Hays and Feinberg, Circuit Judges, and McLean, District Judge.*fn*
In November 1965, a rally was held in Union Square for the announced purpose of burning draft-cards to protest the war in Vietnam. Four of the participants were subsequently prosecuted for that act under 50 U.S.C.App. § 462(b) (3). One pleaded guilty; the other three were tried before Judge Murphy sitting without a jury and were found guilty of violating that statute. Their convictions have recently been appealed to this court, Docket Nos. 31035-37, argued June 26, 1967. However, still another aftermath of the same draft-card burning rally is now before us -- an appeal by Len Chandler from a conviction for criminal contempt entered by Judge Murphy for refusal to answer a question put to him by the judge. Chandler's asserted reason for his silence was his Fifth Amendment privilege. For reasons given below, we reverse the judgment of conviction.
At the 1965 rally, one of the draft-card burners was Marc Edelman, who had some difficulty in getting his card to burn. According to Edelman's testimony at his trial, he tore it in half and tried to burn each piece; when this was not completely successful, he threw the signed halves to the crowd. About a week after the rally, appellant Chandler, who was a friend of Edelman, told him that he had found one of the halves. Edelman told Chandler "to keep it that [Edelman] didn't want it." Edelman was thereafter indicted in December 1965. Nevertheless, Chandler kept the remnant for eleven months "as a memento * * * * in a safe place as a valuable." A few days before the trial, however, Chandler returned the portion of the card when Edelman's counsel requested it.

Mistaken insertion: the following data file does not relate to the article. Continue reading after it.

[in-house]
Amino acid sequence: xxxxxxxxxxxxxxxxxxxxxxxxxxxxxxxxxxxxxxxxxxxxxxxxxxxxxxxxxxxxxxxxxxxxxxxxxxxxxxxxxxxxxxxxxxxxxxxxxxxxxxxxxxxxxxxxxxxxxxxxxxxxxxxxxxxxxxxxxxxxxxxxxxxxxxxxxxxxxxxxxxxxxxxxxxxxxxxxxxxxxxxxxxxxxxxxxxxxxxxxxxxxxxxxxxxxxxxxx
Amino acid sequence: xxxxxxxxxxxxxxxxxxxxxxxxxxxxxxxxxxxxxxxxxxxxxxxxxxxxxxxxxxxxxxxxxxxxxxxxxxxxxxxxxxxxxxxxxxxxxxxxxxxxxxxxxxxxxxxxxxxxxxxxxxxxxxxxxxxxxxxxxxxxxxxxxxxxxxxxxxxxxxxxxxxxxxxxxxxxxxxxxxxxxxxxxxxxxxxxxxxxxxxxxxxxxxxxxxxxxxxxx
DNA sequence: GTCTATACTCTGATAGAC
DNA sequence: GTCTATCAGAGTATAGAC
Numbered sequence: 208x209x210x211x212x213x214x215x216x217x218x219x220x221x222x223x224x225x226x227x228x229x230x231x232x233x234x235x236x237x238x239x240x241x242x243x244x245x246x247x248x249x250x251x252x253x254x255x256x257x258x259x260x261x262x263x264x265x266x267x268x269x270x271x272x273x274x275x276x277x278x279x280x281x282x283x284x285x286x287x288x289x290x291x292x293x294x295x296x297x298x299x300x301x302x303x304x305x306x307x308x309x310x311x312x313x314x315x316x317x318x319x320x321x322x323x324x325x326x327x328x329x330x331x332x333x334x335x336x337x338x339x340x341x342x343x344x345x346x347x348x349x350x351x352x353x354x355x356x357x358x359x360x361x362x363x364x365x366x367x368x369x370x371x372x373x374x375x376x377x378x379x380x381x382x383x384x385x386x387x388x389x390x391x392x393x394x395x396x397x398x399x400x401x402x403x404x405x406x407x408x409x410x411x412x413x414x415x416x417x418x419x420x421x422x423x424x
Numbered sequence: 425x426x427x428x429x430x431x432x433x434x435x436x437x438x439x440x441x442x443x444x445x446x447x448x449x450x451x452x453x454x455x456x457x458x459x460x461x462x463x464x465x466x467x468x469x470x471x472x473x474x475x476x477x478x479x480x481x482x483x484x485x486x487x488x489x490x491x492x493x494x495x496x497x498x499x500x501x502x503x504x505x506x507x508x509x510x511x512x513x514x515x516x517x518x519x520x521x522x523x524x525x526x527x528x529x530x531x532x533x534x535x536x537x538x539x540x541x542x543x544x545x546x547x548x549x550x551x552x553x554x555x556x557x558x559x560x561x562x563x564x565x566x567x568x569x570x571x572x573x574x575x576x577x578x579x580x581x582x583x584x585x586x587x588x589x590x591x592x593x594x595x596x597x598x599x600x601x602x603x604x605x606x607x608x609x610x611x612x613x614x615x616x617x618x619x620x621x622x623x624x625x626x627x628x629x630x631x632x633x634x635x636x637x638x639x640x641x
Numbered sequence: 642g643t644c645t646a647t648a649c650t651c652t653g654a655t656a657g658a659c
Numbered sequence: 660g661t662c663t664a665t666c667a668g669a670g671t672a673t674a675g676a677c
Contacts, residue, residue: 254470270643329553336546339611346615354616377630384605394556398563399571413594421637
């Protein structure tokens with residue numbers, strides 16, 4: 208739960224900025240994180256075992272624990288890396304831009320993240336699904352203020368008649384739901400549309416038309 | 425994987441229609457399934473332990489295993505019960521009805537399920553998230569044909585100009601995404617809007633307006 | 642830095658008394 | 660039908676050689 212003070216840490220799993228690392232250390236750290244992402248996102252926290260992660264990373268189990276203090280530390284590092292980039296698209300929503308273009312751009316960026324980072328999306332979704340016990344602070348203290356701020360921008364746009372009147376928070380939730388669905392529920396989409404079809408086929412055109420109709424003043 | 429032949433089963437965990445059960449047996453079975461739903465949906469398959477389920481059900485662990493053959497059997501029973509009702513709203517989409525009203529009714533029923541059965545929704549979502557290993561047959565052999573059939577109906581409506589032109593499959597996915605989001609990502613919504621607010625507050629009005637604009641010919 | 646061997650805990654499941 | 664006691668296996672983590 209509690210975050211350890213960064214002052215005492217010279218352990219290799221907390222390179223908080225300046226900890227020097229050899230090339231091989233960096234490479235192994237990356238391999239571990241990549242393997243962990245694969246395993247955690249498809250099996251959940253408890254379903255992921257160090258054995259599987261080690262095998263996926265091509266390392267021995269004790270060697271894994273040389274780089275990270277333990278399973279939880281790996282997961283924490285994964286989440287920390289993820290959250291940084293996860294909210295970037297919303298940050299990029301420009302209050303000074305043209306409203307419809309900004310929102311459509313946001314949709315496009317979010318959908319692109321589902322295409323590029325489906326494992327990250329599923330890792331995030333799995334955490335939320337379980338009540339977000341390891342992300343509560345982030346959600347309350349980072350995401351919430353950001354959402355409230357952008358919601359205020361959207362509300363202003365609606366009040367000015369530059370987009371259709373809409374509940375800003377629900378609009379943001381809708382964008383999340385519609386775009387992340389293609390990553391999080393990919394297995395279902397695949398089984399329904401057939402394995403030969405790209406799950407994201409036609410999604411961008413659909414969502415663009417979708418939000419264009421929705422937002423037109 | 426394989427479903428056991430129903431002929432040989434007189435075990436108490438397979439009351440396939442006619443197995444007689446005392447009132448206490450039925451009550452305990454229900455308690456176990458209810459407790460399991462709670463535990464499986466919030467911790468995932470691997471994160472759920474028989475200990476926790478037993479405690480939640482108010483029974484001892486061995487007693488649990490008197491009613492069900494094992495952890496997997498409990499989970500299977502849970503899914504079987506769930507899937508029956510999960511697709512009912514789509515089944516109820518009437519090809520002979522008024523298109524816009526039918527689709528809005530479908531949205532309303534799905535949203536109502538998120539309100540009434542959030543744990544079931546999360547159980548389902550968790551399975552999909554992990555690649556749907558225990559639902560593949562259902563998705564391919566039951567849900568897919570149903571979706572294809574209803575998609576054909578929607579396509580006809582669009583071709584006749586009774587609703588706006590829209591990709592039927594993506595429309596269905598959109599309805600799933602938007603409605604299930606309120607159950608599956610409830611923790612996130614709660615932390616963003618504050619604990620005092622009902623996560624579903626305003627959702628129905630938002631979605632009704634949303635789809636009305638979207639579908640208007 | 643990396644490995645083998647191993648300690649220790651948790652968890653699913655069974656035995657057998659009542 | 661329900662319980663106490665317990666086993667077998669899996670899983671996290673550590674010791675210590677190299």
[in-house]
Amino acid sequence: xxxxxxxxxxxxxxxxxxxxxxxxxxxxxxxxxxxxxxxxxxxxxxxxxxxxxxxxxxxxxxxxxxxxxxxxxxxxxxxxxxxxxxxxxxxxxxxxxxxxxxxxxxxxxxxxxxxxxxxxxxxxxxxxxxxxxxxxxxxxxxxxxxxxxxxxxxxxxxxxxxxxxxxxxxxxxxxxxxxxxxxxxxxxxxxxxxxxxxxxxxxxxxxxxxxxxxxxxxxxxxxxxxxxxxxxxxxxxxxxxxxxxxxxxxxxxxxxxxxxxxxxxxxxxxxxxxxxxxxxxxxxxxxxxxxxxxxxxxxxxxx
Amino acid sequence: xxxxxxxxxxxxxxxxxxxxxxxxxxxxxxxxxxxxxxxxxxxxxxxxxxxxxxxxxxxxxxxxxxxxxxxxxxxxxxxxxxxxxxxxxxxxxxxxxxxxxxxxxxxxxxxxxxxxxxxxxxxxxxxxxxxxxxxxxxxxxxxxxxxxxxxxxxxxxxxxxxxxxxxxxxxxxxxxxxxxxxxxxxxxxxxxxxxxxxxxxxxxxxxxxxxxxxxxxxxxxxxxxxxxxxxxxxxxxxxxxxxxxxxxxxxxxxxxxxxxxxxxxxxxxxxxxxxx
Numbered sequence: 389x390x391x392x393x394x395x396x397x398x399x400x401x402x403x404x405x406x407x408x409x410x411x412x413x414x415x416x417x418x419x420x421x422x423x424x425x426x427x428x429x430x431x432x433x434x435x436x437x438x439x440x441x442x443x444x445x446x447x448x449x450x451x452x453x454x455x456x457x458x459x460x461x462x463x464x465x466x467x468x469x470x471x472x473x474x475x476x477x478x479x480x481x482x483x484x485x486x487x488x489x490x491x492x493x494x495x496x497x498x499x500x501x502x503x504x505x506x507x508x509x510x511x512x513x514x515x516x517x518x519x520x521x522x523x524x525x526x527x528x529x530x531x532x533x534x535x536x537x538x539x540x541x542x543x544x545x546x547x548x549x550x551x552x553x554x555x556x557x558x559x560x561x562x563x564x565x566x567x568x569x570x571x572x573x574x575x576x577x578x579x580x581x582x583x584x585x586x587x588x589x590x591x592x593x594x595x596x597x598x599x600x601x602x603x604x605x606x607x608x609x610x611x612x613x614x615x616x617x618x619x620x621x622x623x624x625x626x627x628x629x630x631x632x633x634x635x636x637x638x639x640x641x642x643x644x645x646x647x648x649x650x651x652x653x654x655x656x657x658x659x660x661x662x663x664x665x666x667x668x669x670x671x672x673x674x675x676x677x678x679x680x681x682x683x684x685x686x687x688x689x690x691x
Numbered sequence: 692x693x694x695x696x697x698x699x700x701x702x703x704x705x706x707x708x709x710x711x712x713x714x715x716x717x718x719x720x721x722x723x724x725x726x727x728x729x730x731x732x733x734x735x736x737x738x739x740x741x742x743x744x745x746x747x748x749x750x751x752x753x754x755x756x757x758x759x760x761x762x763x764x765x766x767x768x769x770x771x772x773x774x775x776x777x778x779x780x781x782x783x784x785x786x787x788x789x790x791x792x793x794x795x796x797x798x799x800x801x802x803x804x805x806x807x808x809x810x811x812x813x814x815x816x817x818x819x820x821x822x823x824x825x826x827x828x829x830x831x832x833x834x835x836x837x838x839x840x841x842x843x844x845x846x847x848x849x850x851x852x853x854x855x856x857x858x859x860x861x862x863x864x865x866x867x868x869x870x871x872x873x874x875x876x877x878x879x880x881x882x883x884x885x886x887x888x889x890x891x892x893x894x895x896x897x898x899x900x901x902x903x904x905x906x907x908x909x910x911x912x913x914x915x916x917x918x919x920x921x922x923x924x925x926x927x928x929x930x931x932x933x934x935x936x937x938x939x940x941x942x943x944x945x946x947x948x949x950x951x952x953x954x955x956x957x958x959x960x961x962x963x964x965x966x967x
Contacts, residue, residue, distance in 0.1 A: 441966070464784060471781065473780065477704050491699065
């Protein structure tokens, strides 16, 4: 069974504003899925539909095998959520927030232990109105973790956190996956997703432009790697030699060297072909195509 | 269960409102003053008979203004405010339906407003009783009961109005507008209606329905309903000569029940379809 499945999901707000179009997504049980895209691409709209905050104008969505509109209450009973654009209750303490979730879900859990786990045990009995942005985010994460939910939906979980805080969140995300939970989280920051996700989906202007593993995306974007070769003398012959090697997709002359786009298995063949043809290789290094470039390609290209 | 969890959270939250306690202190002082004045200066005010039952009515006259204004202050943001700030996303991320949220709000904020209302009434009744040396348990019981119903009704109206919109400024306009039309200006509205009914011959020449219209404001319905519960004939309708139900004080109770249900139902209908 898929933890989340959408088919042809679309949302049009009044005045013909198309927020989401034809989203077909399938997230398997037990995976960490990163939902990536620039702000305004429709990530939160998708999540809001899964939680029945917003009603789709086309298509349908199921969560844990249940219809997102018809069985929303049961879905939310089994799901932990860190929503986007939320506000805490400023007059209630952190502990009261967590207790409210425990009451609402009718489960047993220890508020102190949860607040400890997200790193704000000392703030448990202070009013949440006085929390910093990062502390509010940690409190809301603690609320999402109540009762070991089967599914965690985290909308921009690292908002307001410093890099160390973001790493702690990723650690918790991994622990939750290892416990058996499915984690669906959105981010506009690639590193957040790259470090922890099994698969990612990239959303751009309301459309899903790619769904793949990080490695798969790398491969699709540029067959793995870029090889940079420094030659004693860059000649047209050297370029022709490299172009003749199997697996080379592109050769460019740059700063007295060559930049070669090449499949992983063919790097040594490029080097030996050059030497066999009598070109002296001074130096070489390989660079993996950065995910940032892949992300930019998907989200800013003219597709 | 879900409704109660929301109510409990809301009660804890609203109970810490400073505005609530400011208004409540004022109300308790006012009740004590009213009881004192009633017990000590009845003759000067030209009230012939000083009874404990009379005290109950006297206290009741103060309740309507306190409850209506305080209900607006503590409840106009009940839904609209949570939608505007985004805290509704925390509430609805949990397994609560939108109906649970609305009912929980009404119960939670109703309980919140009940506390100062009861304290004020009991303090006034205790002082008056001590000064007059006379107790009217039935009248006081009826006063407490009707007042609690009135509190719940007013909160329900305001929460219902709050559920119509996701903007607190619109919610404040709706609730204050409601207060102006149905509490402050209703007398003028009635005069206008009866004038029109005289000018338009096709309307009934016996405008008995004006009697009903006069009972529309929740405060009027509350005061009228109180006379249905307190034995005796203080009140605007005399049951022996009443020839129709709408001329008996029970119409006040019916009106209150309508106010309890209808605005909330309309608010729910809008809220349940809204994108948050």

This information was brought out by Edelman as a witness in his own defense under questioning by his counsel and the court. The Government asked only one question on cross-examination: "I do not imagine Mr. Chandler knew you were under indictment, did he?" Edelman responded that Chandler did know it. Then both sides rested. However, Judge Murphy immediately had appellant Chandler subpoenaed as a court witness. According to the Government, Chandler's testimony could have been relevant on two complicated theories discussed in the margin.*fn1 Whatever the reasons for calling Chandler as a witness, there is no question that he was served on Friday, October 21, 1966, with a subpoena commanding him to appear, that he thereafter acquired counsel (Harold R. Rothwax) on an emergency basis, and that on Monday, October 24, 1966, he appeared before Judge Murphy. The following colloquy, inter alia, thereupon took place, after appellant was duly sworn:
Q. What I wanted to ask you about were the circumstances under which you received or found this half of the draft card which has been marked as Exhibit AE for identification in this case. Do you see it there? You may take it in your hand. Do you recognize it? A. I respectfully refuse to answer on the ground that my answer might tend to incriminate me.
Q. You had better explain that to me or perhaps you wanted to explain why that answer would tend to incriminate you. I do not understand why it would.
Mr. Rothwax: I do not believe that the witness said it would tend to incrminate him. He said it might.
The Court: There has to be some explanation. I can make a decent guess if he would tell me something, but just asking him what the circumstances were under which he allegedly had possession of it I do not see how that would tend to incriminate him.
Mr. Rothwax: I understand that this was a Selective Service document and I have not, myself, seen it.
The Court: You may look at it. It appears to be half of a Selective Service card.
Mr. Rothwax: I accept your Honor's description of it. It is probably, or is it definitely, now evidence in this particular case. It might very well be that Mr. Chandler's possession of it was in violation of federal law. It might very well be that his possession of it might be part of an ultimate charge that he conspired with others to obstruct justice, or that he withheld evidence that was relevant in a federal case, and for those reasons I feel that he is justified in standing on the Fifth Amendment in refusing to answer.
Q. Where do you live? A. I live at 645 Water Street.
Q. Are you a musician by profession? A. Yes, I am, sir.
Q. Do you know Mr. Edelman? A. Yes, I do, sir.
The Court: I am not completely satisfied that he has persuaded me or you that the answer to my question would tend to incriminate him.
Mr. Rothwax: Your Honor, as I understand the rulings, it is important for the witness to assert this privilege at a ...